What you’ll see it on: The most commonly purchased organic food are fruits, vegetables, grains, dairy products, and meat.
What it means: Gluten is a protein that gives bread and other grain products their shape and texture. The label gives people, especially those with celiac disease, an auto-immune reaction to eating gluten, a way to avoid foods that may cause serious symptoms, which are largely gastrointestinal. Some 3 million Americans have celiac disease.
Regulation: The USDA states that foods labeled gluten-free must contain less than 20 parts per million of gluten.
What you’ll see it on: It’s most often, and most meaningfully on breads, cakes, cereals, pastas, and other wheat-based foods, but it can also be found on everything from ice cream to cosmetics.
What it means: Cage-free hens are not kept in cages; they are raised in enclosed facilities like a barn or poultry house. The facility could be very small and crowded with little room to move about. It does not mean that animals are free to roam in pastures or they had access to the outdoors.
Regulation: Eggs marketed as cage-free must be source-verified by the USDA through twice annual onsite farm visits to check that the laying hens are housed in appropriate production systems.
What you’ll see it on: Eggs.
What it means: Unlike cage-free, “free range” refers to animals allowed to roam vertically and horizontally in indoor houses, have access to fresh food and water, and continuous access to the outdoors during their laying cycle. The outdoor area may be fenced or covered with netting-like material.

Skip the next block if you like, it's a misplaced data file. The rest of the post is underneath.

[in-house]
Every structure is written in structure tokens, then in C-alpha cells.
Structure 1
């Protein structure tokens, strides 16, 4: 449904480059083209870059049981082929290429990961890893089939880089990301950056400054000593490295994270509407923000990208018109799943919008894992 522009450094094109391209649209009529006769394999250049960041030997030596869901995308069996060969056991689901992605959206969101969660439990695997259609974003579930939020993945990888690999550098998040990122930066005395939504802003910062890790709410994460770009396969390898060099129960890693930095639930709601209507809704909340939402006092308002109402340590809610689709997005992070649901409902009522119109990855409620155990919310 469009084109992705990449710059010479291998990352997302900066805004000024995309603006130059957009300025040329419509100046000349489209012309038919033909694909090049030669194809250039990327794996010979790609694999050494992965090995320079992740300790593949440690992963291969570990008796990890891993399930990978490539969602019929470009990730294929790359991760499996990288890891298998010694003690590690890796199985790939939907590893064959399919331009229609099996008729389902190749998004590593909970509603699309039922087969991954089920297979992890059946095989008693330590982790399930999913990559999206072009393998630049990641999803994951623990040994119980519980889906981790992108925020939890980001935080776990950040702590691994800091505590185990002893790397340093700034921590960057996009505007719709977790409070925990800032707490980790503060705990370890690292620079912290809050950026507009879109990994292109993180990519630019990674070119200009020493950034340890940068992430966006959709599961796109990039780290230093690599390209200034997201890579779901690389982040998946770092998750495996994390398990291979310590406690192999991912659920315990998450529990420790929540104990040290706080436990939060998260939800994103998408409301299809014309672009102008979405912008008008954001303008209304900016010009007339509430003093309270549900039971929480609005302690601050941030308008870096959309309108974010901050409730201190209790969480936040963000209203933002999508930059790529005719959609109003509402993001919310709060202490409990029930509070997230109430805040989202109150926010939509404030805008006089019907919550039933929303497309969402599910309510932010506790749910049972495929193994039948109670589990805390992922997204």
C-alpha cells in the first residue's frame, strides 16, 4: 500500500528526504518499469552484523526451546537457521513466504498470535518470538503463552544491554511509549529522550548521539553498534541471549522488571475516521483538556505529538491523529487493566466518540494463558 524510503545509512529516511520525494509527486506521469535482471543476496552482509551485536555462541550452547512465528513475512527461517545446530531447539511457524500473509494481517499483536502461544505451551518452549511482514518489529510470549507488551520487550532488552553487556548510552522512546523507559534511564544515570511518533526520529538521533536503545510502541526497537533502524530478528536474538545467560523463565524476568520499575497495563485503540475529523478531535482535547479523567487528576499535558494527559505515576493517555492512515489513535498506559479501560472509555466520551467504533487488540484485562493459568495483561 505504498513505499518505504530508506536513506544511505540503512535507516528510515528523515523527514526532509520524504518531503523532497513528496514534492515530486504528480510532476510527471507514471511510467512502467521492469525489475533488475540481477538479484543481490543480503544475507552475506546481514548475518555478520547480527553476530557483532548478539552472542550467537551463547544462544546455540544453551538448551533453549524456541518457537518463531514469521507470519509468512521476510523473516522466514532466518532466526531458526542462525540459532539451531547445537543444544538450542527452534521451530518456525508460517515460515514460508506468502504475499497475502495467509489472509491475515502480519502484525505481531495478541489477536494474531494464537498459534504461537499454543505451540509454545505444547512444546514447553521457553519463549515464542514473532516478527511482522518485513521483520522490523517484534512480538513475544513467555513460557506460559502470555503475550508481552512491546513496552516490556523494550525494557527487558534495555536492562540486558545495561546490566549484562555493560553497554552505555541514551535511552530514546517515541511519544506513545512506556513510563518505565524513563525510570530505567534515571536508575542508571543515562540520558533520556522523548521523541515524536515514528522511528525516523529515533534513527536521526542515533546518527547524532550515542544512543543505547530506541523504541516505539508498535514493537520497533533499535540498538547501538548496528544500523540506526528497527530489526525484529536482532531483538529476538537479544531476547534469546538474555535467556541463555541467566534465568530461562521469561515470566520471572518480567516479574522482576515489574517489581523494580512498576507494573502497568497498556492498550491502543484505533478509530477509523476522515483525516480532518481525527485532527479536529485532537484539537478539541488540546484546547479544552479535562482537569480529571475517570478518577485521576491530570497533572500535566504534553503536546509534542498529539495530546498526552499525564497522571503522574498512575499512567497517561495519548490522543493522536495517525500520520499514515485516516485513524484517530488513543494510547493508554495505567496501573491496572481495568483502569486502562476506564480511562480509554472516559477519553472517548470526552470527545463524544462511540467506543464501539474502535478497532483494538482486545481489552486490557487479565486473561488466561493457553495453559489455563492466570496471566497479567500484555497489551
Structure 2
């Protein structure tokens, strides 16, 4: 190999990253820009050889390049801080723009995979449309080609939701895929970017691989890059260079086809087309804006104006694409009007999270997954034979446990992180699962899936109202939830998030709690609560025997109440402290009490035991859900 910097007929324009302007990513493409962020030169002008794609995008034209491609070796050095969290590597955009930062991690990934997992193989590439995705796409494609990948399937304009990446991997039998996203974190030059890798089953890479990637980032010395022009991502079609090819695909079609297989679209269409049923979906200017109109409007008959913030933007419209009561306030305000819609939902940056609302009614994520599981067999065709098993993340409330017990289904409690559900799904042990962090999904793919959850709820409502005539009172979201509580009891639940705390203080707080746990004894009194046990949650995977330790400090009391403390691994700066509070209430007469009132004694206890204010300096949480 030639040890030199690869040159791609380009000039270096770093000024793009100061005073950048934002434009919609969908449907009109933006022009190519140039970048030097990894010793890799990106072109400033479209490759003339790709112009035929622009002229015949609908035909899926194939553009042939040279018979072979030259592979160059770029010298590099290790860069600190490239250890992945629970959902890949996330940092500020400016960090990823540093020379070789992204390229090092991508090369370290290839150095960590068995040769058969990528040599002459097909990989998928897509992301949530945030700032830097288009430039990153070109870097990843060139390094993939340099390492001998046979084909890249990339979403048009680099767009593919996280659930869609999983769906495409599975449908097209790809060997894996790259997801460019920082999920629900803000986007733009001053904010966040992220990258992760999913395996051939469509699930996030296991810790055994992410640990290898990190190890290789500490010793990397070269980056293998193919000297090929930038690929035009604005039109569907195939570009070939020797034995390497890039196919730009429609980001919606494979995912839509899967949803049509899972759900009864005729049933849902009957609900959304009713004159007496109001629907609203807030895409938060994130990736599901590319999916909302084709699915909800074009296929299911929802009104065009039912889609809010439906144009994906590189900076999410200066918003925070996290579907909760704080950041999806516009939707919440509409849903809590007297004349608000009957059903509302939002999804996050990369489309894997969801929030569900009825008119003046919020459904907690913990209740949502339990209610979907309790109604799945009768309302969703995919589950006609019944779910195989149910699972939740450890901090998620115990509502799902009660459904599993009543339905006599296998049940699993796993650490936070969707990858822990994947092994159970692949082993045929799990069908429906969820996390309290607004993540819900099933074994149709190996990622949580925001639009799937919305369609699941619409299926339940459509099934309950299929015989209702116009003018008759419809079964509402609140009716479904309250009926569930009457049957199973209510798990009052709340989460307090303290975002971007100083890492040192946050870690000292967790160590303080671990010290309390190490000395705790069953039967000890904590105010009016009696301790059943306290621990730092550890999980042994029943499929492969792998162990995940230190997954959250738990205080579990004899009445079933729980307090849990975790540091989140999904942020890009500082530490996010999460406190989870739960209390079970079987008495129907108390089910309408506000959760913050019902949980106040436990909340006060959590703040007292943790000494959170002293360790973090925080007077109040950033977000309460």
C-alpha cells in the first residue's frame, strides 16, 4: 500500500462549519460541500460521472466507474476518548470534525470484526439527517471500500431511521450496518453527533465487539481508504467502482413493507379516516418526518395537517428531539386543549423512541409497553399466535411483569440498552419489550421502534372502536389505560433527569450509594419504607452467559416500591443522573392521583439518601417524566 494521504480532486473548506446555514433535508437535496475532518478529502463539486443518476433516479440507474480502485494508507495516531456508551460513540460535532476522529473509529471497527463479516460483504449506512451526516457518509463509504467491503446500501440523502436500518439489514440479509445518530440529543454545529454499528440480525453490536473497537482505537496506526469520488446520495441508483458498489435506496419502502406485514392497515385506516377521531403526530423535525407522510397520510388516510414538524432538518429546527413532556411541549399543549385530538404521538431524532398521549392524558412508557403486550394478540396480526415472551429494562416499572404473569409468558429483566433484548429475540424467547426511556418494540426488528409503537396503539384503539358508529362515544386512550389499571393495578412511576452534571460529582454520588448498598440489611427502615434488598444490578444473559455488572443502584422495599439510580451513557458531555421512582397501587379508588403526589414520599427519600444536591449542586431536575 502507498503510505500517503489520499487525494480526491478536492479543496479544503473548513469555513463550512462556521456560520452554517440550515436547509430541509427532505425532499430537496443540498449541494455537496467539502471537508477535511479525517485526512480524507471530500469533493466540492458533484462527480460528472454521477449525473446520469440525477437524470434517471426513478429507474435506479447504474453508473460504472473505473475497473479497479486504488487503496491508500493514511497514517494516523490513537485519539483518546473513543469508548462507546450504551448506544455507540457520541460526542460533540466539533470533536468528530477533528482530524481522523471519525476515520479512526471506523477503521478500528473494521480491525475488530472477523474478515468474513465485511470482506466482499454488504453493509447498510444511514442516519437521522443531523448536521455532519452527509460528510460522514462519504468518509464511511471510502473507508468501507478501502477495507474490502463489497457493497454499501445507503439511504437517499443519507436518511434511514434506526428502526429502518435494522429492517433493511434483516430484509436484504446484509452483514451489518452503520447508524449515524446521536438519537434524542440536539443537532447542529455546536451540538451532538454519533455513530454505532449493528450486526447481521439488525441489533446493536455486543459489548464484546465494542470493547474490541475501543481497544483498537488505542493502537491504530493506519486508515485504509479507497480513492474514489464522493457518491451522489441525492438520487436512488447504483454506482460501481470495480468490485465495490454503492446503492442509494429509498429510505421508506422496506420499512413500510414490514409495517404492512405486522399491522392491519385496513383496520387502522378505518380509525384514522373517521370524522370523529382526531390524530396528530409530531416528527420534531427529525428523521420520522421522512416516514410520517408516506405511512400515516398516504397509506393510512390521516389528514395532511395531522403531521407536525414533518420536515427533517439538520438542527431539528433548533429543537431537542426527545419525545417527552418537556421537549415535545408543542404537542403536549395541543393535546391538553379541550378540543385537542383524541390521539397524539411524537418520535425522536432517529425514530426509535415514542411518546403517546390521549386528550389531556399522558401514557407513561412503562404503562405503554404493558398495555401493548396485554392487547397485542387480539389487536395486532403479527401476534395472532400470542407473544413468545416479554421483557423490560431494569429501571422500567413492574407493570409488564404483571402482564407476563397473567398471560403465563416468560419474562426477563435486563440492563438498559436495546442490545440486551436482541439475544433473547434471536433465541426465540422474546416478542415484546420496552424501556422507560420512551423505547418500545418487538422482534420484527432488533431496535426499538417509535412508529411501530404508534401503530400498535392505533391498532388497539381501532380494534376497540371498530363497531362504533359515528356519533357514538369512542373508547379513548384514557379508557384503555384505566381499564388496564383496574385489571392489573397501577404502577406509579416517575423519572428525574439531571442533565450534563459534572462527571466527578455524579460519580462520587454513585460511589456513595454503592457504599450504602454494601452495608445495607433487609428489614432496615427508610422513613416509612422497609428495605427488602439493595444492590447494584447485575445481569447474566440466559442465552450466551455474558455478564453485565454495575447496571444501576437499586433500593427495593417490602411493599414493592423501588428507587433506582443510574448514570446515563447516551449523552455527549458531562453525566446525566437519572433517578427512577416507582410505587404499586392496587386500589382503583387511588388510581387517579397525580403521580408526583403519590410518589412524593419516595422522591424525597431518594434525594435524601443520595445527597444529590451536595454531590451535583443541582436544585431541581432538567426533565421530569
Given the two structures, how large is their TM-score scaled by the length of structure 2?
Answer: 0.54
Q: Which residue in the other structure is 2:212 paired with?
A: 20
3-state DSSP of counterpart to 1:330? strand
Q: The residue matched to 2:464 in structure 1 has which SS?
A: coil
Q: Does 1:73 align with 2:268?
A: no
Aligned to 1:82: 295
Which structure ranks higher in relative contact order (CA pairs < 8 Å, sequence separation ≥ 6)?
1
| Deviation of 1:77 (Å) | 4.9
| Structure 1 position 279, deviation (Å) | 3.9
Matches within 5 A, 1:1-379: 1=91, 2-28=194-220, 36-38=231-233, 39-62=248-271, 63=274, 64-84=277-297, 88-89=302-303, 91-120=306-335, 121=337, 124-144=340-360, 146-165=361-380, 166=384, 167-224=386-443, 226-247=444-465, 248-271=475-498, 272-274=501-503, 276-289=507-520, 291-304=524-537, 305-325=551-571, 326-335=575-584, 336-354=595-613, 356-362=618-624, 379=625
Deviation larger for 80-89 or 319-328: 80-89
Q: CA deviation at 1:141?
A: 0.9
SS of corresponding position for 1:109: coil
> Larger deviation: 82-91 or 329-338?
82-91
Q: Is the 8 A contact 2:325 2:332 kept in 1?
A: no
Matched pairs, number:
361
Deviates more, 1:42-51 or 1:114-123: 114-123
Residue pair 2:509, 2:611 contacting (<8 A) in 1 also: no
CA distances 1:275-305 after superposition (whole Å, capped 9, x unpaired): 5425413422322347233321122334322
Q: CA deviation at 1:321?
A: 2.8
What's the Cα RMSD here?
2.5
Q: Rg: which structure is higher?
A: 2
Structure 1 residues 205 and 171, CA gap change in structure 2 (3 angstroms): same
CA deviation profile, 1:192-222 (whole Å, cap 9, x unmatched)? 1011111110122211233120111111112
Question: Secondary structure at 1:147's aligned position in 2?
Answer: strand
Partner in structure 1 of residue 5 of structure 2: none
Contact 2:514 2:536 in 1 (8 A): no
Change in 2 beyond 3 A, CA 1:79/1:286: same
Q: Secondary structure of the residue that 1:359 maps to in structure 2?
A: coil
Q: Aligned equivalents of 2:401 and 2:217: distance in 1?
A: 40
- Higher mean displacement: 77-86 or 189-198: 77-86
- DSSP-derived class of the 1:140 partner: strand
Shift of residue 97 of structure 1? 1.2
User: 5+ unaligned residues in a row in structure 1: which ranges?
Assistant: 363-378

Regulation: Yes, the process is verified by the USDA.
What you’ll see it on: Eggs, chicken, beef.
What it means: The goal of fair trade products is to provide safer working conditions, stronger environmental protection, and more sustainable livelihoods—and can be applied in various industries from food to clothing. In the coffee industry, for instance, the certification guarantees a minimum price to coffee producers, which most of the time, is higher than the market price, Kim Elena Ionescu, the chief sustainability officer for the Specialty Coffee Association, told NPR. Fair trade works almost exclusively with cooperatives of small farmers. Companies may also use profits from fair trade goods to to invest in things like health insurance or to provide employees with bicycles.
What you’ll see it on: Primarily on coffee, chocolate, bananas, and tea, but it shows up all over the grocery store and beyond.
What it means: GMO, which stands for genetically modified organism, refers to crops that have been genetically modified in the lab. Non-GMO means that the food does not contain any ingredients from such GMO crops.
Regulation: No, the USDA does not certify foods to be bioengineered or non-bio engineered.
What you’ll see it on: It’s most often found on corn-based products like tortilla chips, but it pops up all over the grocery store.
Correction: An earlier version of this article stated that the USDA had no role in defining Do Good Foods carbon reduced label.